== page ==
What is 5G and will Portsmouth residents be able to get it? What is Huawei’s involvement?

SUPER-fast mobile network technology will soon be arriving in parts of this country.

By Matthew Mohan-Hickson
Wednesday, 24th April 2019, 2:33 pm
Updated Wednesday, 24th April 2019, 2:38 pm
5G is coming to the UK soon. Picture: Yui Mok/PA Wire
5G is coming to the UK soon. Picture: Yui Mok/PA Wire

5G is edging towards being ready and will be trialled in cities across the UK in 2019. 

Here's what you need to know: 

What is 5G?

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Prime Minister Theresa May has given the go-ahead for Huawei to help build Britain's new 5G network. Picture: Steve Parsons/PA Wire

5G is the next generation of wireless mobile connections, following on from the 4G networks currently used by smartphones across the globe.

As the name suggests, this is the fifth generation of the network technology.

Will Portsmouth residents be able to get it? 

The answer to that is both yes and no.

If you are a Vodafone customer, our city is one of the places the company will be trialling 5G in later this year. 

However if you are on other mobile networks this means you won’t get 5G – at first anyways. 

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Super-fast 5G mobile network set to launch in Portsmouth this year

How fast will 5G be?

There is no official speed standard for 5G, but many experts state it could be 10 times faster than 4G - and therefore potentially faster than home fibre broadband.

‘5G is a next-gen network technology that should deliver speeds of up to 10Gbps - on paper, that's considerably faster than 4G's top-end speed of 300Mbps,’ said Ernest Doku, mobiles expert at uSwitch.com.

‘In practice though, as we've seen with 4G, the speeds will likely be well below that but real-world tests do show it's still much quicker than its predecessor.

‘Where you'll see a real difference with 5G is in the speeds you can download Ultra HD and 3D video. At 5G's theoretical top speed, you could download an entire 25GB Ultra HD movie in about 20 seconds.’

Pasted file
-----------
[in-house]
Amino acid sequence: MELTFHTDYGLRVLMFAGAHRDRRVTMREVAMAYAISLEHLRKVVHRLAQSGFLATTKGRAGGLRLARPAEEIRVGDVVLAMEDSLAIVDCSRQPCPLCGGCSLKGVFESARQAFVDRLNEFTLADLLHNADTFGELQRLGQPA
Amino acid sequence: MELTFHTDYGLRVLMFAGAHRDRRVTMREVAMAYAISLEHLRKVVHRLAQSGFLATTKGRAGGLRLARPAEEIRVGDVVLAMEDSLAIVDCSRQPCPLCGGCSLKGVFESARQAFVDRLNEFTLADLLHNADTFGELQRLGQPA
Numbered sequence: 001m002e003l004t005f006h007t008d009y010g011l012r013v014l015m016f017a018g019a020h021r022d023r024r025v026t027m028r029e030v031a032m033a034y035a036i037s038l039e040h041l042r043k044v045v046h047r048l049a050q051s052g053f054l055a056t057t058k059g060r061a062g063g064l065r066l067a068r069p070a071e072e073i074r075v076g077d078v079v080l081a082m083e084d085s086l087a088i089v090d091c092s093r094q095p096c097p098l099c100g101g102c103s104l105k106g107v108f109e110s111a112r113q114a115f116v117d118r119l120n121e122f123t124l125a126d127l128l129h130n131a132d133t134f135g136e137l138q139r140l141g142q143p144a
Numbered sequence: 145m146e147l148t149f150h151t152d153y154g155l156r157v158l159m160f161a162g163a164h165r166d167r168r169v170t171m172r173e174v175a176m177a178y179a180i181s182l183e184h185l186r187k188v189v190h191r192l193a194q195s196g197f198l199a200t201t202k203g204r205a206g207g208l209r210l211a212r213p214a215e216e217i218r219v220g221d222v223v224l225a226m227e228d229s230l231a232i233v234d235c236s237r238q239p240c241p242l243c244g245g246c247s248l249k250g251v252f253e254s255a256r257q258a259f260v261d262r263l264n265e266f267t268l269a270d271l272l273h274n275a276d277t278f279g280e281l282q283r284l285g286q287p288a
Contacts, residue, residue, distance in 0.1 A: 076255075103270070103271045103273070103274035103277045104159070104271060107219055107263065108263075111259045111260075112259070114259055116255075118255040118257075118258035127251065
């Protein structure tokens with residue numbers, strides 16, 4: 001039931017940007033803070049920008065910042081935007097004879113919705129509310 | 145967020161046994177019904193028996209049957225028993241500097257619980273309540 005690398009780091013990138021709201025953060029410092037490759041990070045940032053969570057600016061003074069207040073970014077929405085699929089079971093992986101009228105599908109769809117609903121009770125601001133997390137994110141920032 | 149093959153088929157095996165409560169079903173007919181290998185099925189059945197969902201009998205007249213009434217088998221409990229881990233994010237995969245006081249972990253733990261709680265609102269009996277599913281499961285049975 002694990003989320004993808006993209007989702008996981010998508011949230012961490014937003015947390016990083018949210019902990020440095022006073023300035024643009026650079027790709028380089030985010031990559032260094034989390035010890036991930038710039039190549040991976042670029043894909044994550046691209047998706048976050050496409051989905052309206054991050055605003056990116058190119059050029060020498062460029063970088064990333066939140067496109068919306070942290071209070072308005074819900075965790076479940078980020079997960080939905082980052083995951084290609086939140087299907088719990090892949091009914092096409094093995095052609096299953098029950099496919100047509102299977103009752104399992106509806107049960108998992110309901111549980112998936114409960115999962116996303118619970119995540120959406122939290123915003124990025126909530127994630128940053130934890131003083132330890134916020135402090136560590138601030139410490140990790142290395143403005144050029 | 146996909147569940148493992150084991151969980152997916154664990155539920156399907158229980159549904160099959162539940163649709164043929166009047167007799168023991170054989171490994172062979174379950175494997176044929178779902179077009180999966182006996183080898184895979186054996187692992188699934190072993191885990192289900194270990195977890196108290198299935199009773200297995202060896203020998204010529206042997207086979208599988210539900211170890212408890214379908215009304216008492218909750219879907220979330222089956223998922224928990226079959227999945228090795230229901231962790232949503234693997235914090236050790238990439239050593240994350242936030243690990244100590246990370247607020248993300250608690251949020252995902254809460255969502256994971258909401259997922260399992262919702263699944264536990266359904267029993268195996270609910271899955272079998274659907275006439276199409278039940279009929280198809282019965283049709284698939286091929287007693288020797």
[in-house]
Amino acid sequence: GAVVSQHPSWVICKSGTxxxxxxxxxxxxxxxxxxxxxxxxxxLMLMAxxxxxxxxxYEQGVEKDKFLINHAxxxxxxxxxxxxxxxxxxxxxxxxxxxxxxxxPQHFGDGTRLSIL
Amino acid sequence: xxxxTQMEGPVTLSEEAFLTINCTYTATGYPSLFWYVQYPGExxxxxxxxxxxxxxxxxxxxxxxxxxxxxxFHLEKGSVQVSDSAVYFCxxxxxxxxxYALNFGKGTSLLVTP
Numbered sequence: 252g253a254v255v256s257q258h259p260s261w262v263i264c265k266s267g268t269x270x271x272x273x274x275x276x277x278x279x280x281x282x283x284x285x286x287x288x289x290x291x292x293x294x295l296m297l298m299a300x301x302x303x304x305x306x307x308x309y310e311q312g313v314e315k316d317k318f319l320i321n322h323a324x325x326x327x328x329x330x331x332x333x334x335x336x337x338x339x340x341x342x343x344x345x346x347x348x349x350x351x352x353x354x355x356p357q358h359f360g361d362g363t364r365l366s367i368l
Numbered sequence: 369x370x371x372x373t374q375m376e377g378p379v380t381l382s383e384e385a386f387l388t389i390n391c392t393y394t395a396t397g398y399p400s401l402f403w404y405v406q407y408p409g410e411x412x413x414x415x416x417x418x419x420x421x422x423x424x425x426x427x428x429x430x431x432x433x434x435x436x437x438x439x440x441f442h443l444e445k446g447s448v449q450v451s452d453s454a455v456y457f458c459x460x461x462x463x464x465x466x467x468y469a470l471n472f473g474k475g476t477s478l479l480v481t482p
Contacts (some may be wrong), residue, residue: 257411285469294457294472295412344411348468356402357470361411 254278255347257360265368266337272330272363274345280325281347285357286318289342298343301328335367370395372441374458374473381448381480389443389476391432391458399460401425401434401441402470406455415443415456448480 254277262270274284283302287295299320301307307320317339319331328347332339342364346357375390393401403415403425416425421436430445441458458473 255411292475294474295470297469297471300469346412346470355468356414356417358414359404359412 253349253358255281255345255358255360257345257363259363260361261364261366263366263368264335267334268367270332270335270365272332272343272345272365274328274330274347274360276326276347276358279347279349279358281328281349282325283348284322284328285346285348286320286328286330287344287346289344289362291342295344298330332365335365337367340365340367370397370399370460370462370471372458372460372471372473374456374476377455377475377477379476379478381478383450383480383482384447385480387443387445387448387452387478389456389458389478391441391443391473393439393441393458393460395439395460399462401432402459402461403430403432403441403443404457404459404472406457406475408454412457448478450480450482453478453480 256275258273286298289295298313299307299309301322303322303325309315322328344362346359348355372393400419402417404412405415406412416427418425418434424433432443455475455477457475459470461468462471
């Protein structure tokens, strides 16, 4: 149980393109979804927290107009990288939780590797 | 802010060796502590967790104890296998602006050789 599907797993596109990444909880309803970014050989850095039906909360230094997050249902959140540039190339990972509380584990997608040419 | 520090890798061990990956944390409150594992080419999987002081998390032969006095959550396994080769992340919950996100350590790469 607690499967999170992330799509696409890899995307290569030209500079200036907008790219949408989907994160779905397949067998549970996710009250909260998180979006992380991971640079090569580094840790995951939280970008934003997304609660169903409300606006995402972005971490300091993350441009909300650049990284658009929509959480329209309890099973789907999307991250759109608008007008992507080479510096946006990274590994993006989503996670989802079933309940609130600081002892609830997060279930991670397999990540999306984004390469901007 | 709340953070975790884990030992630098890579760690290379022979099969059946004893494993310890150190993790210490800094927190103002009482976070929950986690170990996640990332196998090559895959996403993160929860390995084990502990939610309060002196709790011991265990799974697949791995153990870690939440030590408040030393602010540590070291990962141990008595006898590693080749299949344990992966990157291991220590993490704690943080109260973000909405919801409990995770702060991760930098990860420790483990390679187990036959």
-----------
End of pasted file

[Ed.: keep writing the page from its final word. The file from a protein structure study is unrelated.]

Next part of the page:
What are the benefits of 5G?

The most obvious benefit to people will be faster, more reliable connections on their smartphones and other mobile devices, but the network technology will also improve services in other areas.

Ericsson, King's College London and a group of other researchers have already demonstrated how 5G could be used to examine patients remotely, meaning experts can use a sensory glove no matter where they are.

Vodafone recently demonstrated how 5G could be used to carry out live holographic calls, with Manchester City and England Women's football captain Steph Houghton.

How does 5G work?

5G is made up of unique radio frequencies that are broken up into bands. These frequencies are a lot higher than 4G, so can support a bigger capacity.

‘5G is considered a millimetre wave technology - with a shorter wavelength than 4G, it has a higher frequency, which gives it a higher bandwidth and consequently ability to handle more data,’ Mr Doku added.

What is Huawei's involvement in 5G?

The Chinese telecoms giant has got ahead of rivals by rapidly developing key parts of the 5G infrastructure and making it attractive to markets across the world with competitive prices.

‘Huawei is considered months ahead of competition and restricting its involvement could be damaging to the UK's ambition to be among Europe's 5G pacesetters,' said Kester Mann, from CCS Insight.

‘Already, all four network operators have signalled that they will launch commercial 5G services before the end of 2019.

‘Cutting out the market leader would inevitably lead to higher costs of deployment which could ultimately be passed on to consumers.’